On the subject of the lawsuit filed by Unilever against Ahold because of what it says is “copycat packaging” used by Ahold’s Albert Heijn division for private label packaging, MNB user Kathleen Whelen wrote:

    I've noticed the copycat packaging for years - and the private labels are always placed close to the brands so it would be possible to confuse them - kind of like picking up the National Enquirer instead of the New York Post – I did that once - it took me a while to figure out why there were no stories that even resembled hard news. The private label names are often similar to the brands they are mimicking. I just figured that the manufacturers believed that there was no possibility of bringing a successful suit. It will be interesting to see how this comes out!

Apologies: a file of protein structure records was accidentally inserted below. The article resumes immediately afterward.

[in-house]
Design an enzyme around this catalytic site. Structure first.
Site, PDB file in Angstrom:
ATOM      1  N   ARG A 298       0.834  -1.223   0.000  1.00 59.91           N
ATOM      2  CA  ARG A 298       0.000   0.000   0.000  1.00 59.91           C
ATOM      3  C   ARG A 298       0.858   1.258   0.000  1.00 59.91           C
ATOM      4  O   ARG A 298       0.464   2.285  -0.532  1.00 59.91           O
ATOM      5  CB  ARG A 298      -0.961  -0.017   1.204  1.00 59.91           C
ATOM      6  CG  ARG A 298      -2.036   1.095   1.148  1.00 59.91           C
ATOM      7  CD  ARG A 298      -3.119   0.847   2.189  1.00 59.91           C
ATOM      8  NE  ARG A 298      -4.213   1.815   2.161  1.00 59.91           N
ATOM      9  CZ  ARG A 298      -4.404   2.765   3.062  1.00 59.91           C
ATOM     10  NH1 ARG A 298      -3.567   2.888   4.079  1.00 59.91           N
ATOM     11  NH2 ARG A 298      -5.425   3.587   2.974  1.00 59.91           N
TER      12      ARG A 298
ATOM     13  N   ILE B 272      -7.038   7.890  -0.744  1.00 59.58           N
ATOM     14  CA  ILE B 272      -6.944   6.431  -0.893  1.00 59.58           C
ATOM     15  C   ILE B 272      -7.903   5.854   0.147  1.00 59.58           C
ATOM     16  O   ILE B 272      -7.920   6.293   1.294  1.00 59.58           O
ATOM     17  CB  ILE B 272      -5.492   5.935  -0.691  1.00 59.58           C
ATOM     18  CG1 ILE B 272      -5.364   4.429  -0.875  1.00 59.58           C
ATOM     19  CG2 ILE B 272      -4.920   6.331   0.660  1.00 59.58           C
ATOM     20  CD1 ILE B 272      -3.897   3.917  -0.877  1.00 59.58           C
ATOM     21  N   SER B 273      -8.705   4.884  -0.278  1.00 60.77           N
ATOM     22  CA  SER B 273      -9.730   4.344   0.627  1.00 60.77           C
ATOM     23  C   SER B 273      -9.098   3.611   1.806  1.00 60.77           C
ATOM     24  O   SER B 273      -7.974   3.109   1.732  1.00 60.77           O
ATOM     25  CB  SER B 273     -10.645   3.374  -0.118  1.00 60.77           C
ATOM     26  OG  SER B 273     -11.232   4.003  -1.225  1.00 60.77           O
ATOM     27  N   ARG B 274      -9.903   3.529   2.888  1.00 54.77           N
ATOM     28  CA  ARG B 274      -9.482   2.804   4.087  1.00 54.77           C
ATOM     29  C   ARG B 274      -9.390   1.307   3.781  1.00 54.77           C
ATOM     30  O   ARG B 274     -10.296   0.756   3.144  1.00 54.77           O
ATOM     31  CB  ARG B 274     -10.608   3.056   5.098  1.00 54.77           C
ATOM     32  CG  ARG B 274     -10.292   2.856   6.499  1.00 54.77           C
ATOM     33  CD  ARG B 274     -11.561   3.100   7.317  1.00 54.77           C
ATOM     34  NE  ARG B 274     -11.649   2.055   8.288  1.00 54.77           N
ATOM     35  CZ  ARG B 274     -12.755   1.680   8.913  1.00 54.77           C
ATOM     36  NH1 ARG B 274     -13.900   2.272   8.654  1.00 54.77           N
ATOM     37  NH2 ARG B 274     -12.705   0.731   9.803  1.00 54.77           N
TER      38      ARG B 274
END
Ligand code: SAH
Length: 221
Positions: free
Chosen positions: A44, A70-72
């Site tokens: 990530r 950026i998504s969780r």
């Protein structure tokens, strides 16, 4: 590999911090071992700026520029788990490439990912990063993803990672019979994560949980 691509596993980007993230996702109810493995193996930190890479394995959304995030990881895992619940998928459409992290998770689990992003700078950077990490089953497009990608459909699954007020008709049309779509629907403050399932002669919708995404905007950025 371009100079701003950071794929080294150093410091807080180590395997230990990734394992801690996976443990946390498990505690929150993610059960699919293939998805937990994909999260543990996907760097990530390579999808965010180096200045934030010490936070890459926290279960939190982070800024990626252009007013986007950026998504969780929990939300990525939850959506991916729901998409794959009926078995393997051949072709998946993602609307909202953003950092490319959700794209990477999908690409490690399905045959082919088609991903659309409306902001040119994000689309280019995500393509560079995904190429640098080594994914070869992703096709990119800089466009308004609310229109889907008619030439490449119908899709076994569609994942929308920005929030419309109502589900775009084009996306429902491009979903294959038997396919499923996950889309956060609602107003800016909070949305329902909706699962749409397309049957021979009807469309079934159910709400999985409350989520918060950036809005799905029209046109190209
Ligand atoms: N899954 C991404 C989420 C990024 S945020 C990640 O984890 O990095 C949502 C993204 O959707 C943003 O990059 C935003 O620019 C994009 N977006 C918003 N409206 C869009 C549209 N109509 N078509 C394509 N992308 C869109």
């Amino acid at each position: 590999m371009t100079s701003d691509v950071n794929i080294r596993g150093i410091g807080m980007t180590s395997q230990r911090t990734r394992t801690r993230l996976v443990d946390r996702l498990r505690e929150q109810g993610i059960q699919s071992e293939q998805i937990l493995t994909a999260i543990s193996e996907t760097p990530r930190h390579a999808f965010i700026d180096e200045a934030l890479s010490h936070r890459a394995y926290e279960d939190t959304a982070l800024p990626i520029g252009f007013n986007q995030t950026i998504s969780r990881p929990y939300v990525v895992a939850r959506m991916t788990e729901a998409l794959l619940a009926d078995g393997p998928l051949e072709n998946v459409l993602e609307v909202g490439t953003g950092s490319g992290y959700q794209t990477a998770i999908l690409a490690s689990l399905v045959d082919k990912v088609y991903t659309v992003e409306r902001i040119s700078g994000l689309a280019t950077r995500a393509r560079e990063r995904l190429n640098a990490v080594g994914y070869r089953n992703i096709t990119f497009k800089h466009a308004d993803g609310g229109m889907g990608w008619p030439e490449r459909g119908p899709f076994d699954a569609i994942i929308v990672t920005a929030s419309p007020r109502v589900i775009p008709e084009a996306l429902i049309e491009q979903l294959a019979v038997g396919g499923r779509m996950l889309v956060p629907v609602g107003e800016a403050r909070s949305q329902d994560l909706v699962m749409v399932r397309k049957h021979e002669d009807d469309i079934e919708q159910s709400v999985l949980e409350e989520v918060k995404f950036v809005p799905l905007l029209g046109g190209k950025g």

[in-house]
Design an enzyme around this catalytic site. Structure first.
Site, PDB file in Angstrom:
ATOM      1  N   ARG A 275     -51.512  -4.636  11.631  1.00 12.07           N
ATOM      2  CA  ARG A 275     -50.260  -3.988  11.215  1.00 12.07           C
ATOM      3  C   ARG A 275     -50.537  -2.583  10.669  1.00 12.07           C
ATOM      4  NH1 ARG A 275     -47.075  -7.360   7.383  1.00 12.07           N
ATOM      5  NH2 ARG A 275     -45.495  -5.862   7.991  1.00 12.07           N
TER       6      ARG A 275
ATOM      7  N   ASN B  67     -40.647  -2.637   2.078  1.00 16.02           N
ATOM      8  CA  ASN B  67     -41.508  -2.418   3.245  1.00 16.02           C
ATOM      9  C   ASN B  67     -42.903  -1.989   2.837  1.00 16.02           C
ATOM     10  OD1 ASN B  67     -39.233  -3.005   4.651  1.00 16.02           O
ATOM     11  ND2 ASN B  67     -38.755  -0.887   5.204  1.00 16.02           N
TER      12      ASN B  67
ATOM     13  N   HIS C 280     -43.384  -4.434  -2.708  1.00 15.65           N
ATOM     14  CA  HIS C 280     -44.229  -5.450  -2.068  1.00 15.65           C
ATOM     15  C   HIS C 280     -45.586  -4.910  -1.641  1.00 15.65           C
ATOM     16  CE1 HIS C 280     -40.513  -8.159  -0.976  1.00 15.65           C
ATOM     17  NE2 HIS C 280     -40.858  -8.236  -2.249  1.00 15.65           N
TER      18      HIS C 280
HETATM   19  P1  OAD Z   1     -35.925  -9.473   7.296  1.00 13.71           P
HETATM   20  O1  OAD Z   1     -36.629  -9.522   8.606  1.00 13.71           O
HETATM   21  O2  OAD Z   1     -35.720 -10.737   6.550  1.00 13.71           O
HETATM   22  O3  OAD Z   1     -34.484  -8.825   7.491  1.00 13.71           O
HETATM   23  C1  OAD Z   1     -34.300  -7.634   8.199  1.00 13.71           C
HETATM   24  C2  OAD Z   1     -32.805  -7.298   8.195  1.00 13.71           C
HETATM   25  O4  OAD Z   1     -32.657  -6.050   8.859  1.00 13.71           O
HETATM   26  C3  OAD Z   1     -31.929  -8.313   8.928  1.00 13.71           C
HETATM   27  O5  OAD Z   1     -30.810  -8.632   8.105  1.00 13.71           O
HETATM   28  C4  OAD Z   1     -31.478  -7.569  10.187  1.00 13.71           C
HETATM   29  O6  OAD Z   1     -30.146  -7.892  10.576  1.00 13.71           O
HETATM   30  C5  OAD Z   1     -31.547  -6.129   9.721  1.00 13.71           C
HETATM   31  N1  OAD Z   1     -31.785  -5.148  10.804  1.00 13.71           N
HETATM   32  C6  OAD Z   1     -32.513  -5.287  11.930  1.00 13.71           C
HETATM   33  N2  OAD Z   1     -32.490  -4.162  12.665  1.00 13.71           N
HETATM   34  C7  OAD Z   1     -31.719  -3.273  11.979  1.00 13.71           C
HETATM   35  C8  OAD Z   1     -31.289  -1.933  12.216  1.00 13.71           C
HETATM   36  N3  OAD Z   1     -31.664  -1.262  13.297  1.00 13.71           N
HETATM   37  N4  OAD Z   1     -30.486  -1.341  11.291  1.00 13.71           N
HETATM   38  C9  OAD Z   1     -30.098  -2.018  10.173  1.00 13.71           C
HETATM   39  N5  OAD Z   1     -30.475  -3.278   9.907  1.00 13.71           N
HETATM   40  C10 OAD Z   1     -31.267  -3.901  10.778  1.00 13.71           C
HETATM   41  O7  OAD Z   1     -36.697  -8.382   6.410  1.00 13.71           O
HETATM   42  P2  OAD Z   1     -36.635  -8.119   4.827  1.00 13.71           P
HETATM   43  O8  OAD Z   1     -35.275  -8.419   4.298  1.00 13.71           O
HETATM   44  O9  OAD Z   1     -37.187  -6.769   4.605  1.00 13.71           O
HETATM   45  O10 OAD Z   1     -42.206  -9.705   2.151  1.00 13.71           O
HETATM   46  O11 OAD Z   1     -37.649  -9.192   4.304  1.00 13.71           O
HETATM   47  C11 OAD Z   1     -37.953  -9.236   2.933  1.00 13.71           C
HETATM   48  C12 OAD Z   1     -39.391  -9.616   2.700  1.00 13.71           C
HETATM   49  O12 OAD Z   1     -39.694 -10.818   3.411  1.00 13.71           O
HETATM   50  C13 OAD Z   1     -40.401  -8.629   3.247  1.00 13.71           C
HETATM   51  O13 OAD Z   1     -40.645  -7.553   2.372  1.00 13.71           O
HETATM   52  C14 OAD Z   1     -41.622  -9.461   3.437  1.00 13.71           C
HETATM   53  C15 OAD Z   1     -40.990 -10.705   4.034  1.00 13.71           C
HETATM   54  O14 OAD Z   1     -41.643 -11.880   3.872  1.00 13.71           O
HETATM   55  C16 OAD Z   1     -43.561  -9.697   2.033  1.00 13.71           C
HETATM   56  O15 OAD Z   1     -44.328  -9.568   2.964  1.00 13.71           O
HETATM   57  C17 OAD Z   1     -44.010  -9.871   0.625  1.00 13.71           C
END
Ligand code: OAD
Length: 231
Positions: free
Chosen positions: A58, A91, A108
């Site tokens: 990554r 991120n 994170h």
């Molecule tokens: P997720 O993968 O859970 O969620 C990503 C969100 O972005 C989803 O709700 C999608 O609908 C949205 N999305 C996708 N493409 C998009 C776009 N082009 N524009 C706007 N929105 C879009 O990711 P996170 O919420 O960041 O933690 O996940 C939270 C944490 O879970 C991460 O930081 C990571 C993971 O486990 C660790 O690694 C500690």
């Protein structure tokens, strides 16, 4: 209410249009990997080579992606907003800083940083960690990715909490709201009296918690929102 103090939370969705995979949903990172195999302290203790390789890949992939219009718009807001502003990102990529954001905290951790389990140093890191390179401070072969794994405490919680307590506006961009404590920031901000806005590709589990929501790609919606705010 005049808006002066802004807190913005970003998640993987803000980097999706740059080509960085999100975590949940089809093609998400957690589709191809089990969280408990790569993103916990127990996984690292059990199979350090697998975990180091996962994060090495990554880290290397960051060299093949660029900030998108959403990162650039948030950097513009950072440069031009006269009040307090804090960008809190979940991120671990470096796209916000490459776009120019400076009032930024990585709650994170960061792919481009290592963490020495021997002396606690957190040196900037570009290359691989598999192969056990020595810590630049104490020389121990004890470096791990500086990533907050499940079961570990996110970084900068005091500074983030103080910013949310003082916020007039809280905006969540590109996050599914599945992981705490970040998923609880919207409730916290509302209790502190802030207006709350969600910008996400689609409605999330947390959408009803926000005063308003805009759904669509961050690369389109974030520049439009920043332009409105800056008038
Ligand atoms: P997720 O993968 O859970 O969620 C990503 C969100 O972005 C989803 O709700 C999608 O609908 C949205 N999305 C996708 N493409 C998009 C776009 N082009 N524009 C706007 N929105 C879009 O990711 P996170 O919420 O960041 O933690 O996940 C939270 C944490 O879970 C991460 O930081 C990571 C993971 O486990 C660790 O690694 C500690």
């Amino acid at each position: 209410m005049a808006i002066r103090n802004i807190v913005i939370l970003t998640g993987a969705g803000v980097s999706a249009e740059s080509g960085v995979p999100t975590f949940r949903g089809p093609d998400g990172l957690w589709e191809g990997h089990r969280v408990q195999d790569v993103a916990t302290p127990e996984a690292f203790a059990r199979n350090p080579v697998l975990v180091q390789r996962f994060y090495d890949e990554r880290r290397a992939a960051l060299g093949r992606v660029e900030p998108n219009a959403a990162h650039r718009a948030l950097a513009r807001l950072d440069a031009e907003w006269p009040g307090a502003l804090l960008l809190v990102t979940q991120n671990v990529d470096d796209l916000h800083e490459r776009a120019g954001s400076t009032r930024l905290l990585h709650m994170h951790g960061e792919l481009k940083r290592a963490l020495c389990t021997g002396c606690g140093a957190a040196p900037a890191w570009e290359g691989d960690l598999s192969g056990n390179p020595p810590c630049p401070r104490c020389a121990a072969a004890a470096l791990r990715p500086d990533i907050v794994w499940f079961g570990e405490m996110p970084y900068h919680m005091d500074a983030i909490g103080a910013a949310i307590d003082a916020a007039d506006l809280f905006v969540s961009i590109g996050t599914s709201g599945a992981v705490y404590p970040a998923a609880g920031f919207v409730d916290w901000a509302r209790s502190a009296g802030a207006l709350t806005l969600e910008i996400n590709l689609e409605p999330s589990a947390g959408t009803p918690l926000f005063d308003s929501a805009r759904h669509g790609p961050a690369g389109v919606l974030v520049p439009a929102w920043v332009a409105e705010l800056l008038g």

MNB user Mary Burns added:

    I am surprised that more has not been said about copy cat product marketing. I was surprised to see large numbers of these types of products on the shelves of 99 Cent Stores; I am sure many people never realize that they aren’t buying the authentic product.

    I visited a 99 Cent Store to see what all of the whoopla was about and was quickly disenchanted by the shelves full of these products with very few real “bargains” in sight.

    Another MNB user wrote:

    Don't forget the *purely* mercenary angle...I'm guessing that Unilever is NOT the vendor for Ahold's own-brand programme -- and am wondering if some of the grapes could be sour.